Nutmeg is a common spice known to flavor a flurry of holiday foods and beverages. It’s a key ingredient in pumpkin spice, a must-have in eggnog and a flavor booster in custards.

Nutmeg is not actually a nut, but rather a drupe. This means it’s a fruit with a single seed, similar to an apricot. It’s grown on a female tree with most of the production coming from Indonesia and Grenada. The fleshy yellow fruit of the nutmeg can be eaten as is or used to make jams and jellies. The actual nutmeg is the seed kernel inside the fruit, and mace, the second spice of a nutmeg tree, is the bright red web that wraps around the seed.

Nutmeg’s flavor and fragrance come from the oil of myristica, containing myristicin, which is a poisonous narcotic. It forms naturally in the seeds. When consumed in large doses, nutmeg may actually induce exotic symptoms, including hallucinations. Nutmeg poisoning, however, is very rare and generally not a concern in culinary uses.

Nutmeg pairs well with custards, cheese, winter squash, spinach, curries, fruits and lamb. Whole nutmeg, as well as ground nutmeg, should be kept away from heat and moisture; store in an airtight container in a cool, dry place. Whole nutmeg only releases its oil when grated so it can stay fresh for years. On the other hand, ground nutmeg can start losing its potency within just six months. One whole nutmeg yields two to three teaspoons grated. If substituting fresh for ground, use only three-quarter teaspoon of grated spice for every one teaspoon ground. Whole nutmeg is more powerful than it’s commercially ground counterpart. No matter how you buy your nutmeg, enjoy the spice that puts the flavor in the holiday.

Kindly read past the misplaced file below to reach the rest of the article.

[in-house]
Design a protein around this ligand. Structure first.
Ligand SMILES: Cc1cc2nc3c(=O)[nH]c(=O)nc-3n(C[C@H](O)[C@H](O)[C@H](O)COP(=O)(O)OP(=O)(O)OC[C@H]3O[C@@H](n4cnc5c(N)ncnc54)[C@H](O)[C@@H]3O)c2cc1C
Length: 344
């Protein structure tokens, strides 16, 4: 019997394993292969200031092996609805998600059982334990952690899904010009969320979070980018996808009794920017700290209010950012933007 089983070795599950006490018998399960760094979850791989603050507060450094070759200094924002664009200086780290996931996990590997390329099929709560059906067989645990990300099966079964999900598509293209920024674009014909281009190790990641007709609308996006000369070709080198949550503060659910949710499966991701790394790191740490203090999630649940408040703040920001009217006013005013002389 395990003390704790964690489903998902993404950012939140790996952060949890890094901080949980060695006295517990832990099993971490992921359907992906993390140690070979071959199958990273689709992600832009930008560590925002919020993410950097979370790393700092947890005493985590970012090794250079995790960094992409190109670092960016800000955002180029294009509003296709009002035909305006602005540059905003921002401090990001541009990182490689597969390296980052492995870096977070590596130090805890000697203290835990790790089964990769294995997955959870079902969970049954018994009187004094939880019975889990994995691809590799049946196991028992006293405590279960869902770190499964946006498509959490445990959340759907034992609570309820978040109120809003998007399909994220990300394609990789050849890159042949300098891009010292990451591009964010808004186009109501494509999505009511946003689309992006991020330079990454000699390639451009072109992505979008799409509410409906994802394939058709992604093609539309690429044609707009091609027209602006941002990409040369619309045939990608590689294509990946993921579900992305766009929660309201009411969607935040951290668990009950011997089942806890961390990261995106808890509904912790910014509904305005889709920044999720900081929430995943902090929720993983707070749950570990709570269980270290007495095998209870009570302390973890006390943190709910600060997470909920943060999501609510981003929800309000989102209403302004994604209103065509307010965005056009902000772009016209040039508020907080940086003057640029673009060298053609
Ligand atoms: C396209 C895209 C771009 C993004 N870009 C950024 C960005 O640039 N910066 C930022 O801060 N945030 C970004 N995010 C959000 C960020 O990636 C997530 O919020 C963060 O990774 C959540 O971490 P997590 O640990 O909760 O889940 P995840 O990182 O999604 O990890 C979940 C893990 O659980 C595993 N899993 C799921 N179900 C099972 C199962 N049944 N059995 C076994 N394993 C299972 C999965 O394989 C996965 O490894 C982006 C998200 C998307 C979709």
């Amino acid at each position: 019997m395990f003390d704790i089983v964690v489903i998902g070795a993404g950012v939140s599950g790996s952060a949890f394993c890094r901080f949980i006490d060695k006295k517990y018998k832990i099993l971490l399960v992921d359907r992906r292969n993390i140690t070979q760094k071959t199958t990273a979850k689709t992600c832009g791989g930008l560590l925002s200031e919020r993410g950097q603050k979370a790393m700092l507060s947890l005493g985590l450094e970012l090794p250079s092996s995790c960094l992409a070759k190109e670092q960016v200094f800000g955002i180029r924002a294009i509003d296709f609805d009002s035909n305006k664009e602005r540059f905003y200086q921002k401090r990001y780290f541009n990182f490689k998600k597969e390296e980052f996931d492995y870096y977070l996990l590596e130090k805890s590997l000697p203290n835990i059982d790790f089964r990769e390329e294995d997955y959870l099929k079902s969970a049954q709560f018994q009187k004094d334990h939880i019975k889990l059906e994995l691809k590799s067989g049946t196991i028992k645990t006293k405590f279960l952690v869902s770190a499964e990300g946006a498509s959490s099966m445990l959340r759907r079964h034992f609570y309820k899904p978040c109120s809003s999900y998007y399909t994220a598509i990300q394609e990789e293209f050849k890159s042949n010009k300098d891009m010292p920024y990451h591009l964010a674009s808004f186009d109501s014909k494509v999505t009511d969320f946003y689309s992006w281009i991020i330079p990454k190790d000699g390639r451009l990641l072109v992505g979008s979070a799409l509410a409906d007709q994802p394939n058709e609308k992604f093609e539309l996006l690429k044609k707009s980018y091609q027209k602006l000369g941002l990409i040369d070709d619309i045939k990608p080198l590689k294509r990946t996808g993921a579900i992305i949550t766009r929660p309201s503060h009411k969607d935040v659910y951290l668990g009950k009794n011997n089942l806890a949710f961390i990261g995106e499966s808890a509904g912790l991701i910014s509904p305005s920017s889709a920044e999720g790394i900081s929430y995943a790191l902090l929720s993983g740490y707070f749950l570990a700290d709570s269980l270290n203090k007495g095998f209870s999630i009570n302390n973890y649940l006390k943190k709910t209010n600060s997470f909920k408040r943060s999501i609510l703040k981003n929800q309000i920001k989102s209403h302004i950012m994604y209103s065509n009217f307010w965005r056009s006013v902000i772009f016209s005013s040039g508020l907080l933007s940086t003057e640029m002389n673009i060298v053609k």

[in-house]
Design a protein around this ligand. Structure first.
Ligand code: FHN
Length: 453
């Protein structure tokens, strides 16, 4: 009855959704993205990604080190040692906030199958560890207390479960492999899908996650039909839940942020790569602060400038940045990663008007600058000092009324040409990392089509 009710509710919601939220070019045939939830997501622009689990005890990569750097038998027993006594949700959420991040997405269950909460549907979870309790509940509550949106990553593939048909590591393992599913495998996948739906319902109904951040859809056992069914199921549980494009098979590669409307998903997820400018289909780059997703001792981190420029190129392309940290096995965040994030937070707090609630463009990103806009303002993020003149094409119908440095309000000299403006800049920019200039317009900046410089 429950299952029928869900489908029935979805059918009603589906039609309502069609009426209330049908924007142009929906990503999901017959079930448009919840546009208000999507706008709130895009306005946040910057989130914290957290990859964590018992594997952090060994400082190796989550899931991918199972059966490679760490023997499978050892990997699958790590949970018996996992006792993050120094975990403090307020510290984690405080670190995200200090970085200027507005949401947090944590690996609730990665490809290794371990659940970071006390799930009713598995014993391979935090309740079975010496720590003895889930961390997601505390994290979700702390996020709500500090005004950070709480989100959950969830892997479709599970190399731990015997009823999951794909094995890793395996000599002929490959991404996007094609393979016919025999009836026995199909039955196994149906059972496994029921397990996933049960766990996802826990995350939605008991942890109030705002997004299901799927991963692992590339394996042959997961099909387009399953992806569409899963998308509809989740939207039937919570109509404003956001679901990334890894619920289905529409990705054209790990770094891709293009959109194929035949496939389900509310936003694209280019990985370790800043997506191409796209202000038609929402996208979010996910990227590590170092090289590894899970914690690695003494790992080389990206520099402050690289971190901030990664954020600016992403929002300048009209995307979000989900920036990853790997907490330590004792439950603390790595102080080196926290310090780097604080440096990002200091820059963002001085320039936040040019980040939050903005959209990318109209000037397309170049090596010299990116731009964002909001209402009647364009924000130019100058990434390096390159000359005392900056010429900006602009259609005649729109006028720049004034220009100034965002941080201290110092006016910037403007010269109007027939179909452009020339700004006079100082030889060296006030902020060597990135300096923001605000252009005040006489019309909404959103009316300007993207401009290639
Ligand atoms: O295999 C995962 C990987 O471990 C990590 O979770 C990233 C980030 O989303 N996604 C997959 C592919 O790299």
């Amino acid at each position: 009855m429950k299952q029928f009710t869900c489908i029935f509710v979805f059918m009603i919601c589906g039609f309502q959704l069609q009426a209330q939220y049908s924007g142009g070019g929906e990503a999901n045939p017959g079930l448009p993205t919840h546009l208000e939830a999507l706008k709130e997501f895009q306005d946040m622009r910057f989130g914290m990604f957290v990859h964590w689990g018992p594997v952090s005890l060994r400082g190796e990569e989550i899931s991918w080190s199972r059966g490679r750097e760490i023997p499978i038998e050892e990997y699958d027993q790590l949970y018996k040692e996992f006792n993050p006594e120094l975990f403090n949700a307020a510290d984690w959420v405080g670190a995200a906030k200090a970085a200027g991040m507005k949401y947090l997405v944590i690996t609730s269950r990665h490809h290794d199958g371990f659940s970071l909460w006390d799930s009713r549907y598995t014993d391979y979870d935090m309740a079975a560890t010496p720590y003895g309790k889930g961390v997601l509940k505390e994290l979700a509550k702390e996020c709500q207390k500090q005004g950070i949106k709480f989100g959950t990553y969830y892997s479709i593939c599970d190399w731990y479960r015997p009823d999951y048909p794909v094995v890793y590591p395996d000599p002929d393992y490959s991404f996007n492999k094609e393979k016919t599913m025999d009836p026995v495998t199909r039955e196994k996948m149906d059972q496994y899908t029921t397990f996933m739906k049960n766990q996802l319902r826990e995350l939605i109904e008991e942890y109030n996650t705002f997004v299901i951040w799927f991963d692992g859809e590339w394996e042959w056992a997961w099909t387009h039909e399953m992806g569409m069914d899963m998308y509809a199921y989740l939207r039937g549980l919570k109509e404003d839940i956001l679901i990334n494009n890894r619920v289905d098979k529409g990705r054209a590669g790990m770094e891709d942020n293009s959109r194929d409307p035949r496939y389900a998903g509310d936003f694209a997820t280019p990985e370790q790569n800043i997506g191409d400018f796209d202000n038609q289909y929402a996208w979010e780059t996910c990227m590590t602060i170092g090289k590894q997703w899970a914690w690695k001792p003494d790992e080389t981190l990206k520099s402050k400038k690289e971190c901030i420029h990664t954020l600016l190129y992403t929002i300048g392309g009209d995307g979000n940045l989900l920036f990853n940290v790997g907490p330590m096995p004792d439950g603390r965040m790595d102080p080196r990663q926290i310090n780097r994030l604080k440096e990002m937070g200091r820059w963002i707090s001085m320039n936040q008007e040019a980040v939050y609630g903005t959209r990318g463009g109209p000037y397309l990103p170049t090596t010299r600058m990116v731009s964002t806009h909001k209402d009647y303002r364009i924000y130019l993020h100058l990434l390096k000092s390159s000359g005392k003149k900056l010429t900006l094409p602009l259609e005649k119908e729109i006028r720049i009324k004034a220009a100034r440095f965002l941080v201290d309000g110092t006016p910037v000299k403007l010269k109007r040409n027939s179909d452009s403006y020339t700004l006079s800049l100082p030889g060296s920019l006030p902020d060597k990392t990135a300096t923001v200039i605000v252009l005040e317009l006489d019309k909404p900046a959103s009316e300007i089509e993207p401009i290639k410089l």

Holiday Baked Pears

4 medium pears

24 fresh cranberries

4 tablespoons chopped pecans

¼ teaspoon ground cinnamon

¼ teaspoon ground nutmeg

4 teaspoons honey

Preheat oven to 375 degrees Fahrenheit. Halve the pears. Remove stems and core with melon baller or cookie scoop. Cut a small slice on the backside of each pear so that each half lays flat. Place pear halves on baking sheet. Place 3 cranberries and ½ tablespoon of pecans in each pear half. Sprinkle each with cinnamon and nutmeg. Drizzle each with honey. Bake for 30-40 minutes or until pears are tender.

Yield: 8 servings, 1 pear half each

Nutrition facts (per serving): 60 calories, 2.5 grams fat, 0 milligrams sodium, 10 grams carbohydrate, 3 grams fiber, 1 gram protein

Smith, a registered dietitian, is a nutrition and wellness educator for the University of Illinois Extension, McLean County. Contact her at 309-663-8306.

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